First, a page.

Last week the province reminded Saskatchewan residents travelling across provincial and international borders with boats are reminded to keep an eye out for inspection stations along highways and near waterbodies.
The requirement to stop at all watercraft inspection stations is part of a coordinated effort between provinces and states to prevent the introduction and spread of aquatic invasive species (AIS).
AIS not only have the potential to harm aquatic habitat and fisheries, but can also cause damage to important infrastructure related to power and water management, costing millions of dollars each year.
AIS species such as zebra and quagga mussels are virtually impossible to eradicate. Once introduced and established, they can spread rapidly – with one female producing up to a million eggs per year.
The inspection process can be much quicker and easier if the watercraft is properly cleaned, drained and dried.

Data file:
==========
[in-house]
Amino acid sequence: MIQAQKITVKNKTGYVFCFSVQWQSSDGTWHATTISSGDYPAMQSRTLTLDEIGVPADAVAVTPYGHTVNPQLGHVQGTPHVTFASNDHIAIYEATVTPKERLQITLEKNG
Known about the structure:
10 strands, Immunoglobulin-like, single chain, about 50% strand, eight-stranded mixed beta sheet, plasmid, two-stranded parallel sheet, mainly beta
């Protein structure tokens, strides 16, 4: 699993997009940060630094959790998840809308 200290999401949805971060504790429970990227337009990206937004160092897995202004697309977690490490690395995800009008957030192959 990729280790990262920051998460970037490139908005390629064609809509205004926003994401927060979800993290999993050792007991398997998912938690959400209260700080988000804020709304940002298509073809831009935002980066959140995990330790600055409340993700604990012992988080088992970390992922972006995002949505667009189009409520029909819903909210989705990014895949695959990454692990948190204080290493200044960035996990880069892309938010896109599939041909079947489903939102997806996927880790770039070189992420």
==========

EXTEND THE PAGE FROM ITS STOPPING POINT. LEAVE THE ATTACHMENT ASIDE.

Wherever you travel, remember to clean: remove plants, animals and mud from trailers, hulls, motors and fishing equipment using high pressure, hot tap water, drain: drain all water (including bilges and livewells) and flush with hot tap water, dry: allow all equipment to dry completely, ideally five days prior to travel, while leaving compartments open to dry and pull the plug: leave plugs out during transport and tilt watercraft when stored to allow the bilge to both drain and dry. As of 2020, it is mandatory to remove all watercraft drain plugs during transportation, you could face a fine for failing to do so.
Saskatchewan continues to be free of AIS. Ensuring that watercraft owners stop at open inspection stations, even if you were previously inspected, will help the province retain this critically important status.